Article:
After dealing with a few glitches, we concluded a successful exercise at about 11:45.
Thanks to Carole, KC1MAQ for bringing the coffee and a special thanks to Charlie, K1CB who
acted as net control despite having a recent surgical procedure.

Participating were Henry, K1WCC, Charlie, K1CB, Mel, KC1ELB, Jay, WB4KYW, Helen,
N1HVB, Carole, KC1MAQ, Gene, KX1C, Jim, KC1LMA, Max, KC1MAX, Andy, K7ADA and
Dan, KC1GOQ.

Anyone interested in participating in Falmouth/Cape Cod ARES can contact Henry, K1WCC at


FARA Member Featured on QSO Today

posted Feb 4, 2021, 2:48 PM by L Gray   [ updated Feb 5, 2021, 12:43 PM ]

Peter Butler, W1UU, was featured in an interview with QSO Today.  QSO Today was talking with Peter about his work with CW Ops.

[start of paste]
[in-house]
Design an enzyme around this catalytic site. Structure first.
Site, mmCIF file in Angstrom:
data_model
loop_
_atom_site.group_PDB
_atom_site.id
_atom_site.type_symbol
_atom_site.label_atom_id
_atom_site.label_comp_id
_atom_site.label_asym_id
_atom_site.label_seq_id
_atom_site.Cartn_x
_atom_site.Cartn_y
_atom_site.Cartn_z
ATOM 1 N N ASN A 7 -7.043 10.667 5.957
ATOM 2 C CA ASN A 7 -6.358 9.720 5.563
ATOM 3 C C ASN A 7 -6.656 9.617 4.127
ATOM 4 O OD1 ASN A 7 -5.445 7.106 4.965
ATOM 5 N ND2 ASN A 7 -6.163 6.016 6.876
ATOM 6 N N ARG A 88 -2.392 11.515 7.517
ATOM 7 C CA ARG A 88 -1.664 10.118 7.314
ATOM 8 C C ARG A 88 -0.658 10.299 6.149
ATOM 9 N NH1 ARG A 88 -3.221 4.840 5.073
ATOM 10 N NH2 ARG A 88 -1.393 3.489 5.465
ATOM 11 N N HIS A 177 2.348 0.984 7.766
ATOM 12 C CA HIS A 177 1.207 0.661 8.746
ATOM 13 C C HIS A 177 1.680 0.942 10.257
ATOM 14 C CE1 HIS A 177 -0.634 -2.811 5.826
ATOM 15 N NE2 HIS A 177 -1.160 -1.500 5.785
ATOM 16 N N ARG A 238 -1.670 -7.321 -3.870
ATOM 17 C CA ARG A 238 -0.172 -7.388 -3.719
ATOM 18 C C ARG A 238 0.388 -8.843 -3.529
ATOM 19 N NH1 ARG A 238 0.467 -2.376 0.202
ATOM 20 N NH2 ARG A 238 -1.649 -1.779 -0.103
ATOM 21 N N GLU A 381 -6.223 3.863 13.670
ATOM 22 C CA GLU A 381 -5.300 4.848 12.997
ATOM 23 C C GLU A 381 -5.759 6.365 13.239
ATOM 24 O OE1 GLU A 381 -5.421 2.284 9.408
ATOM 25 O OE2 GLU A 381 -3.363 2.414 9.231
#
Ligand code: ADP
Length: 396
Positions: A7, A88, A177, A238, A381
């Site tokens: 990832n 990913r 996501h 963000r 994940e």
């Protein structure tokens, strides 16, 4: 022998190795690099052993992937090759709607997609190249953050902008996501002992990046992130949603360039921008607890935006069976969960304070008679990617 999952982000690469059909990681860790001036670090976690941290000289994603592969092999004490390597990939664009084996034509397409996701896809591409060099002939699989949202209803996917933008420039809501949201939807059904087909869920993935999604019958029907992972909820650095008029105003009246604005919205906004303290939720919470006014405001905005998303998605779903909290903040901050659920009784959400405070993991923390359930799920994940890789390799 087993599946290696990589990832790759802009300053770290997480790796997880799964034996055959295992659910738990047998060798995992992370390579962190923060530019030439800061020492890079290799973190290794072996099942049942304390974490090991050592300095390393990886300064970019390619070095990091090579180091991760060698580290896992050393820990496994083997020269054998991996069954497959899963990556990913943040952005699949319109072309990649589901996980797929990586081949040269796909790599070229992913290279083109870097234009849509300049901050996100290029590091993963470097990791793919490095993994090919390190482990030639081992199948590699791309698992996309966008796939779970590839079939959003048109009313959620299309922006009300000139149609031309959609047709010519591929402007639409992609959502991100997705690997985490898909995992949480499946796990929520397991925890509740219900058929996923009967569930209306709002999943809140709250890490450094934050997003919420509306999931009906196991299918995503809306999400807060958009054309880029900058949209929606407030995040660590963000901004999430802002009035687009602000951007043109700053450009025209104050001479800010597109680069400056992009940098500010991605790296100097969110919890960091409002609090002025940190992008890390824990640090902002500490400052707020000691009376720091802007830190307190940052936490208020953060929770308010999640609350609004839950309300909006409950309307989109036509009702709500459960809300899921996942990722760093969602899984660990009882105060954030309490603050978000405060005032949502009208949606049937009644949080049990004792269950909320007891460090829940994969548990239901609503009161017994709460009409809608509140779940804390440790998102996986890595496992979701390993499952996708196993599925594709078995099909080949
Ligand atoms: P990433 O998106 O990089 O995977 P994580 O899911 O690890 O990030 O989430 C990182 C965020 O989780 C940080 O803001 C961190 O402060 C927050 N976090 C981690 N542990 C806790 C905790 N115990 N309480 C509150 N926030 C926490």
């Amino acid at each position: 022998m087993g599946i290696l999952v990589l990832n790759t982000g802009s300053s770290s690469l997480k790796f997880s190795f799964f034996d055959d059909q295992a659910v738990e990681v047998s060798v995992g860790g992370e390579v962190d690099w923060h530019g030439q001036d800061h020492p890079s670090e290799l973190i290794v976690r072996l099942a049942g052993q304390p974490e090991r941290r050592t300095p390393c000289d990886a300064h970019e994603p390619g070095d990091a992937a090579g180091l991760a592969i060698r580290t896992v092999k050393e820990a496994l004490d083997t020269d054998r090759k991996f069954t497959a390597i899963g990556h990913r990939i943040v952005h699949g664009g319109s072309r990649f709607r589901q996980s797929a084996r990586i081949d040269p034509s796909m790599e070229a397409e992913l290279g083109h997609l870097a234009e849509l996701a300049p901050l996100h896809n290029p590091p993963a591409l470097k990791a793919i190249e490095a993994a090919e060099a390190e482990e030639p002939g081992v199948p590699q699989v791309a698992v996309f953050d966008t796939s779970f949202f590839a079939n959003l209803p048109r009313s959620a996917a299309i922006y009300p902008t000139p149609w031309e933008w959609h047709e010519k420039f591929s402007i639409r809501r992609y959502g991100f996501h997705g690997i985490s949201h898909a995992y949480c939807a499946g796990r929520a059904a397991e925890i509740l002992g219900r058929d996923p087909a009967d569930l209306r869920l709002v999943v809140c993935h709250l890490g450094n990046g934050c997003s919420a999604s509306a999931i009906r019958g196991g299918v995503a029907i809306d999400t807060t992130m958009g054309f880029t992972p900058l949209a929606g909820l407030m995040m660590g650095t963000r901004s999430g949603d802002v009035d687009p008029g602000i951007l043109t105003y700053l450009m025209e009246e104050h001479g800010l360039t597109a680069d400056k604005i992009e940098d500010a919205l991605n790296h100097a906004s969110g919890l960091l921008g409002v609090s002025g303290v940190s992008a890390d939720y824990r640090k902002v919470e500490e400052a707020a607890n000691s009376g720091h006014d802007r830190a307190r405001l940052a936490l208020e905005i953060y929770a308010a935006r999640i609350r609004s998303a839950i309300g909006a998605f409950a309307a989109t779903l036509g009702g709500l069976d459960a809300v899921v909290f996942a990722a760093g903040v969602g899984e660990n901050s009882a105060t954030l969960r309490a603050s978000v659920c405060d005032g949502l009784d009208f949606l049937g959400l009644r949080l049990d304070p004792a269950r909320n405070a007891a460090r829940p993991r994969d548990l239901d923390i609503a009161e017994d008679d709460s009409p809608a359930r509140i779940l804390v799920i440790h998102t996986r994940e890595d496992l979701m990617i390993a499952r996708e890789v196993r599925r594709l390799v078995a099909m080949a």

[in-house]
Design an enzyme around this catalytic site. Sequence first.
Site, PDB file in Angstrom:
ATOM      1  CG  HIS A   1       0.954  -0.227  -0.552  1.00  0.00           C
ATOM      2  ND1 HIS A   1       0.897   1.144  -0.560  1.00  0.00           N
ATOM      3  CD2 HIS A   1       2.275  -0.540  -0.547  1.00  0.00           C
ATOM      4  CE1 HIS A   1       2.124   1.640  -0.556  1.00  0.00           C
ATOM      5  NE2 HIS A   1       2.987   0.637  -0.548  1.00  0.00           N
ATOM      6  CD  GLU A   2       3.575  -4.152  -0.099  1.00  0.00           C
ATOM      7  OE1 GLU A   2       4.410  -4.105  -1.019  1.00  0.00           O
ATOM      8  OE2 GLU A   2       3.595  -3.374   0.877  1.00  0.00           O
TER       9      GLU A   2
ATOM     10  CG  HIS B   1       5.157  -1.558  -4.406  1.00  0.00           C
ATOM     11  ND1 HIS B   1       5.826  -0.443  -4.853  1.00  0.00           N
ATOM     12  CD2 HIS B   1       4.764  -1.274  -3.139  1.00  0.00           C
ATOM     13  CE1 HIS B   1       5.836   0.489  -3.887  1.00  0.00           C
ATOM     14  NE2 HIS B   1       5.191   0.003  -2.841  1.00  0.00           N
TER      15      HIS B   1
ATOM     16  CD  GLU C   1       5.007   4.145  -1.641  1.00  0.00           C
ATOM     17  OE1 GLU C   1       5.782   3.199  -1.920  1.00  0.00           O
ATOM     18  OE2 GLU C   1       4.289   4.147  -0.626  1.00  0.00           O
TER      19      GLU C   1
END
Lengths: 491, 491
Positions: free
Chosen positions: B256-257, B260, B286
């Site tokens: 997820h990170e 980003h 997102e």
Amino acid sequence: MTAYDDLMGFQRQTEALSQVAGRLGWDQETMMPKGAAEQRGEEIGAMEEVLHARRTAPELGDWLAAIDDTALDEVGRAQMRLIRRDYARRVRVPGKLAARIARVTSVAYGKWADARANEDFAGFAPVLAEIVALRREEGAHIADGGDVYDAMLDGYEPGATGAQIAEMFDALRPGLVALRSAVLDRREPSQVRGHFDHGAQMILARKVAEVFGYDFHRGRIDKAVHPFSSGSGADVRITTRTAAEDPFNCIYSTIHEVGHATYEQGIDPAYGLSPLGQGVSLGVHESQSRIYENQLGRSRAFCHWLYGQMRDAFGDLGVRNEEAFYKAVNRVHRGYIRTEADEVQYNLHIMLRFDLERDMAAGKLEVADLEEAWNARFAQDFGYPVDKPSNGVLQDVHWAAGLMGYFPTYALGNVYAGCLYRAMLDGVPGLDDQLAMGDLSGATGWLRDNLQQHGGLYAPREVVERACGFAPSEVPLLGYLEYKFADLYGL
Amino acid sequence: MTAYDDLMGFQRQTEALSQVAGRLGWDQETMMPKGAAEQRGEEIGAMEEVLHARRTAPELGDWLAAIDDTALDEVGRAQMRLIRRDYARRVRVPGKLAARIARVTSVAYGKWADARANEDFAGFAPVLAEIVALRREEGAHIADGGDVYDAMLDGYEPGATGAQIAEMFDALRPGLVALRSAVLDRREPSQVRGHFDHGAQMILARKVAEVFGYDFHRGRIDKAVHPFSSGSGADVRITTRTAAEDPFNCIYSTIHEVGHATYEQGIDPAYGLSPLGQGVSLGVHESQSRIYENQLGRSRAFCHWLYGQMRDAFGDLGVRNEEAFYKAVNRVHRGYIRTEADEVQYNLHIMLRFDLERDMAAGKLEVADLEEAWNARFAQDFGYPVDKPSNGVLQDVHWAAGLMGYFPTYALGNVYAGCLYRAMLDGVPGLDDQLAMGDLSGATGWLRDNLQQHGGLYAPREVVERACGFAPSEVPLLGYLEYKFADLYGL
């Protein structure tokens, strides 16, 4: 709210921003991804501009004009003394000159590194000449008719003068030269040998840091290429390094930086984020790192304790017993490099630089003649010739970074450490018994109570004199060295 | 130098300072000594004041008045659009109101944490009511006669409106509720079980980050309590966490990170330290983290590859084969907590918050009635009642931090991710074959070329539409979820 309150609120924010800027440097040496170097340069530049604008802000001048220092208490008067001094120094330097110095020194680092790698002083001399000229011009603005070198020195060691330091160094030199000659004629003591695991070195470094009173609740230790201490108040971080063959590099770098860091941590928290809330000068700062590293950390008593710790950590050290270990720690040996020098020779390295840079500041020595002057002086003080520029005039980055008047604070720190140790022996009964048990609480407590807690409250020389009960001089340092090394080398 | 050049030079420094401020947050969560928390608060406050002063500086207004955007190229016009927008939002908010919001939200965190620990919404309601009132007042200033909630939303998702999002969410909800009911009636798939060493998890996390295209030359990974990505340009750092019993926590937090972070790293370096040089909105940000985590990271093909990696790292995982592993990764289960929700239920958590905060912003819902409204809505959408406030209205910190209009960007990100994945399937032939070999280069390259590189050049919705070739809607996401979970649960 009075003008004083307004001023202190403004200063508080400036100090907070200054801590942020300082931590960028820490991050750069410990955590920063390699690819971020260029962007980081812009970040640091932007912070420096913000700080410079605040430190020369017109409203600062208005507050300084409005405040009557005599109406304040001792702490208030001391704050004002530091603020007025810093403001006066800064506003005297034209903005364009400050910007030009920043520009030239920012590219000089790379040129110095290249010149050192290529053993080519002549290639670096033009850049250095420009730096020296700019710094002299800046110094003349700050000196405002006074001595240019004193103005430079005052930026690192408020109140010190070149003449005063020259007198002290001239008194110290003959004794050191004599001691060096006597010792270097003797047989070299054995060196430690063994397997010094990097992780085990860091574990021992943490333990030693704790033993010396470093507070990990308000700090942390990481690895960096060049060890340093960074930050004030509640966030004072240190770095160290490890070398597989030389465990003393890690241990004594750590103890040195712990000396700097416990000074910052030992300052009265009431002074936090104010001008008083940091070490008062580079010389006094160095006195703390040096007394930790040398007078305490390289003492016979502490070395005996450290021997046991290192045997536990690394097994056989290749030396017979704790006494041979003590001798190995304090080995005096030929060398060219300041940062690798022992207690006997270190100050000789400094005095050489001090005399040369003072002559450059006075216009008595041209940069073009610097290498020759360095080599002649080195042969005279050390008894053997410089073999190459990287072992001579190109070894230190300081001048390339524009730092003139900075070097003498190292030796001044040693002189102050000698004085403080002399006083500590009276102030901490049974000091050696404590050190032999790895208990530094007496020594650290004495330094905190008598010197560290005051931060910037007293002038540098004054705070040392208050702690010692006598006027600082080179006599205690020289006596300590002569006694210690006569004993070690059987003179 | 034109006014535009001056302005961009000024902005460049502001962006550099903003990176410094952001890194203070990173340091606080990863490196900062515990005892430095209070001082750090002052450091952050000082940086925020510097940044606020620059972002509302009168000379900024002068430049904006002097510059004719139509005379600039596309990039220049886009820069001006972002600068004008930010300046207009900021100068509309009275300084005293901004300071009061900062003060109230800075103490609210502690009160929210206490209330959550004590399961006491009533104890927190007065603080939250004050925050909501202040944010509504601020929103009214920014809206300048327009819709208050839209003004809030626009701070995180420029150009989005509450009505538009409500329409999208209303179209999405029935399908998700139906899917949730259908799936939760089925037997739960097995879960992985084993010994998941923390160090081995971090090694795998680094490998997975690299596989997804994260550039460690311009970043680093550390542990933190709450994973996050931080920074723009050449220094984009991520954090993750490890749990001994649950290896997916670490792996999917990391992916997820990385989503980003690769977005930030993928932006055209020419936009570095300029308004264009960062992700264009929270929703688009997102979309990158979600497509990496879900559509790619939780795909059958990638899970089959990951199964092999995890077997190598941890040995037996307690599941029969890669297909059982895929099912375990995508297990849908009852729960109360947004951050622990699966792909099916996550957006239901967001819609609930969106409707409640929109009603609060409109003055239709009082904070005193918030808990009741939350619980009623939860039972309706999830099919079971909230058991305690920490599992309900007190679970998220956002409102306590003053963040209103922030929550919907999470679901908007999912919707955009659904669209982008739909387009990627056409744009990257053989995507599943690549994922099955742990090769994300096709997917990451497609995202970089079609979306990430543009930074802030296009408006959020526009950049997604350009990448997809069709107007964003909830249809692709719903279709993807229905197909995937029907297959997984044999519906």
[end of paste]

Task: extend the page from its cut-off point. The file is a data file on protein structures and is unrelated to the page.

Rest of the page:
Peter Butler, W1UU

Social Distancing on the Air

posted Jan 19, 2021, 1:28 PM by L Gray   [ updated Jan 19, 2021, 1:37 PM ]

A close-knit culture, with separation at its core is a story and accompanying video produced by Christian Science Monitor staff photographer Anne Hermes. It explores how Amateur Radio operators are taking COVID-19 and social distancing in stride and features interviews with Eastern MA hams. It portrays the hobby in a very positive light.

Read the Christian Science Monitor article here: Social distancing? COVID-19 made it real. Ham radio made it a hobby. -

View the video from the FARA home page or by clicking the link: Social Distancing on the Air.

ARRL Magazine On-Line Access

posted Jan 19, 2021, 12:59 PM by L Gray   [ updated Jan 19, 2021, 1:13 PM ]